Questions? Ask 'em in the comments. I'll try to answer.

Saturday, August 06, 2011

Weekend Reading: The Self-Destructing Pharma Industry Edition

Like most people working in drug discovery and development, I've watched the waves of mergers between pharma companies with sadness. The mergers never seem to do much good for the companies- hundreds of people are laid off, but even worse, the productivity of the resulting company never seems to live up to the promises made by senior management at the time of the merger.

No company demonstrates this sad recent history more that Pfizer. When I was leaving graduate school, a job offer from Pfizer was greeted with enthusiasm. Now, people are reticent to take a job there, because the industry scuttlebutt is that morale is at rock bottom, and no one trusts that his or her job is safe.

As I've written before, I think we all need to adjust to a world without job security, but I can attest that it is possible to have high morale in the absence of such security- most biotech jobs are quite insecure, but I love the energy and team atmosphere in biotech.

Last week, Derek Lowe at In the Pipeline had a post that led me to a recent write-up in Fortune about the most recent shake up at Pfizer. It is depressing, but fascinating, reading. I think everyone should care about this, not just those of us whose industry has suffered from the upheavals at Pfizer. If the pharmaceutical industry self-destructs in a wave of short-sighted, finance-driven mergers, who will develop the new drugs that will treat the many conditions still in need of treatment?

Despite what you may have heard, government and academic scientists do not make new drugs. They excel at identifying new drug targets (the proteins that the drugs modulate), and recently they have started to do some very good work in lead discovery (identifying a small molecule that has the right properties to be the starting place for the development of a drug). Some have even started to push towards clinical candidate identification (a clinical candidate is a small molecule that has been thoroughly tested for activity at the target, checked for undesirable off target effects in vitro and in various animal models, and also shows good properties with respect to metabolism, absorption, etc.). But I am not aware of any academic or government site that is doing large scale development- the work of taking a clinical candidate and figuring out the formulation that can go into humans, doing the preclinical testing required by the FDA, and more. Maybe they will start to do so. Maybe small and medium-size biotech will adapt to fill the void. Maybe the resulting system will work even better than the one that has been destroyed by the recent rounds of mergers. But I have to think there was probably a less painful way to get there.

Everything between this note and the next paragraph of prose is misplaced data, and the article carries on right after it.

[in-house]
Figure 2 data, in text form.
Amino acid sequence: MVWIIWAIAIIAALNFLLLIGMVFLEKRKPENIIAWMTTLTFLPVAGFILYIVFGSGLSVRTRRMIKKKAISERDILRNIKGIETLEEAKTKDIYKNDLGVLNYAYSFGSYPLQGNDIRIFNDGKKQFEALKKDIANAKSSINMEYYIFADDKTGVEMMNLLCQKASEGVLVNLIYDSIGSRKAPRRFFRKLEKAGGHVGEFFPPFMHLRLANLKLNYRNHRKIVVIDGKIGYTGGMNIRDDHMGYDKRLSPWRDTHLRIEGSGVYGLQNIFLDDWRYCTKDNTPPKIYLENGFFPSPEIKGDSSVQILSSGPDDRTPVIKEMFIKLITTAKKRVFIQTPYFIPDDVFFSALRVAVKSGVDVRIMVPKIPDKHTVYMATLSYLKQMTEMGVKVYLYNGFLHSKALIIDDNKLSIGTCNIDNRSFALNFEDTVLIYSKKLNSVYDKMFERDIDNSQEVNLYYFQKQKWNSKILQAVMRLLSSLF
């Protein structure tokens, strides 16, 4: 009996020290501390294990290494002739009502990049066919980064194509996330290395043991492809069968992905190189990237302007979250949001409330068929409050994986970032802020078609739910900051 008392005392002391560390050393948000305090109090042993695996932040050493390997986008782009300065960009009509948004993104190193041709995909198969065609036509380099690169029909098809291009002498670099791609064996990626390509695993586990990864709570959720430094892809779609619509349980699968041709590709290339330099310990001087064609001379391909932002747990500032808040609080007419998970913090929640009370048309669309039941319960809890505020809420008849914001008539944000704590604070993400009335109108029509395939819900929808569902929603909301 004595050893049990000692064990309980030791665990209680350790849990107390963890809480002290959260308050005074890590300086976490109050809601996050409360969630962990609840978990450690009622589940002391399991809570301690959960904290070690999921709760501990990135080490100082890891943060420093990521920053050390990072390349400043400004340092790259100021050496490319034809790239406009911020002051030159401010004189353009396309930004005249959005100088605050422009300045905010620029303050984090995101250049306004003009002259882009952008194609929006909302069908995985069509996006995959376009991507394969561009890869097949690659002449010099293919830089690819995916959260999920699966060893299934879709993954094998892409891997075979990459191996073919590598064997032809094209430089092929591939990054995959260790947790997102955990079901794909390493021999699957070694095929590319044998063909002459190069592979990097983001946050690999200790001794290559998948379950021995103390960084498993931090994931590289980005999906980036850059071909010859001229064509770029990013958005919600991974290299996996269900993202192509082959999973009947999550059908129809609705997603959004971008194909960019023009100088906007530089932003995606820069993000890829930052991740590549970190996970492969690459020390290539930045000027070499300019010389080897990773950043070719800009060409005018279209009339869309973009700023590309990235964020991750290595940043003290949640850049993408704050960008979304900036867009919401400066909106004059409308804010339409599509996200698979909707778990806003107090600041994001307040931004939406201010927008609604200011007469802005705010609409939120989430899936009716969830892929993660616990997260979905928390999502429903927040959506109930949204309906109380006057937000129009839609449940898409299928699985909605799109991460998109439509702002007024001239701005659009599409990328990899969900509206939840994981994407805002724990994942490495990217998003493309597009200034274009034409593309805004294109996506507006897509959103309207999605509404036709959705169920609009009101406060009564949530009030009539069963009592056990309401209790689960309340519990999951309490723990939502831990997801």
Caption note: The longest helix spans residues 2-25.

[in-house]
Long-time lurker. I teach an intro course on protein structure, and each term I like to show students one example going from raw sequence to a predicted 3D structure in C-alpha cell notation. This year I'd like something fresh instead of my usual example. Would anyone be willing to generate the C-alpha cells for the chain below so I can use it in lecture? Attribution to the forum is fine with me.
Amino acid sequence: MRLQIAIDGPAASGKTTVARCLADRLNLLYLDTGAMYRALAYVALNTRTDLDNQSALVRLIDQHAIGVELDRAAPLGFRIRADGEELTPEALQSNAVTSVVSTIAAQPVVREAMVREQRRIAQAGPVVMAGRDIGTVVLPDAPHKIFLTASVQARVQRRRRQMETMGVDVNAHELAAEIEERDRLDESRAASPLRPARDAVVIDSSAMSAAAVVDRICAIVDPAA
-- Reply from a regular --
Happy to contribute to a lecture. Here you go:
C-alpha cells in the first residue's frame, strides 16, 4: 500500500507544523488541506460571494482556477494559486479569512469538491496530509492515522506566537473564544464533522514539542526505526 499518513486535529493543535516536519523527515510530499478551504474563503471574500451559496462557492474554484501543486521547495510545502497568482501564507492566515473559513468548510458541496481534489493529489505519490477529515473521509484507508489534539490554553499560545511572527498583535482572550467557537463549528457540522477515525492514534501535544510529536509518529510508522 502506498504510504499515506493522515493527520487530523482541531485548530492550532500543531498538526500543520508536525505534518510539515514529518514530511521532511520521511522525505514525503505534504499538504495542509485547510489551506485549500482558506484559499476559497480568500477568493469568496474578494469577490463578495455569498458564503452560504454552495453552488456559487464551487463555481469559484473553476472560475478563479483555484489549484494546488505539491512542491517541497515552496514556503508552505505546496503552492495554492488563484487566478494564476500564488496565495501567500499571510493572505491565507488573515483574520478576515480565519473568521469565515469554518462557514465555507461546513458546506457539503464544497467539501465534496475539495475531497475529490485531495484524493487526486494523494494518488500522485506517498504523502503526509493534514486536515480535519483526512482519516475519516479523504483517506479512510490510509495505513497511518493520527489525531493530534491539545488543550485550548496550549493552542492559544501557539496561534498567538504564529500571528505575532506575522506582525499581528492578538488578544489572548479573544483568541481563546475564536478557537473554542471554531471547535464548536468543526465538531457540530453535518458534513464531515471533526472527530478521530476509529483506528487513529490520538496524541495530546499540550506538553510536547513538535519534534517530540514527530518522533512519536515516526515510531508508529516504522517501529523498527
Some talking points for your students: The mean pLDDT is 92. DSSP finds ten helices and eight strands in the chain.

Wednesday, August 03, 2011

Why I Blog

A little while ago, I stumbled onto this post from Stirrup Queens about why she prefers blogs to tweets, and it got me thinking about why I blog. I'm not trying to get a book deal, or make enough money at my blog to allow me to quit my day job, or do anything obviously measurable with my blog. There are plenty of other things I could do with my limited kid-free time, and there is a good case to be made that many of them- tackling that pile of papers on my desk, for instance- would be more useful. So why do I carve time out to write blog posts and read the blogs of others?

When I first started this blog, I thought I'd write stories about traveling- and I still do that, from time to time, but that didn't turn out to be a compelling enough reason to write for me.

The blog didn't really take off until my first child was born. Pumpkin was- and is- an intense little thing. Delightful, wonderful, and, along with Petunia, one of the biggest sources of joy in my life. But her arrival tore my life apart, and I turned to this blog as a way to figure out how I wanted to put the pieces back together. It was my touchstone, a place where I could work out who I was now that I'd added "mother" to my identity. A place where I could admit that reworking my identity was hard-  one of the hardest things about adjusting to motherhood for me, harder in some ways even than the sleep deprivation.

I don't need that so much anymore. I'm now comfortable in my reconfigured life, and usually feel well-connected to who I am, although I do occasionally still need to work things out in that regard.

I also used to write a lot more about the mechanics of motherhood- sleep, breastfeeding, and the like. These topics do still pop up from time to time, but if that was all I used my blog for, this site would probably have gone dark a long time ago.

Now I write because it gives me a way to explore issues that are on my mind- from working motherhood to food to my thoughts on work-life balance- and pretty much anywhere else my fancy takes me. The blog probably spares my husband from having to listen to at least one rant a week. I do love to rant.....

The blog also retains one of the roles it has had since the very early days of motherhood: it is the proverbial room of my own, a place that is all mine, paradoxically untouched by the needs and wants of my kids and husband while also often being about them.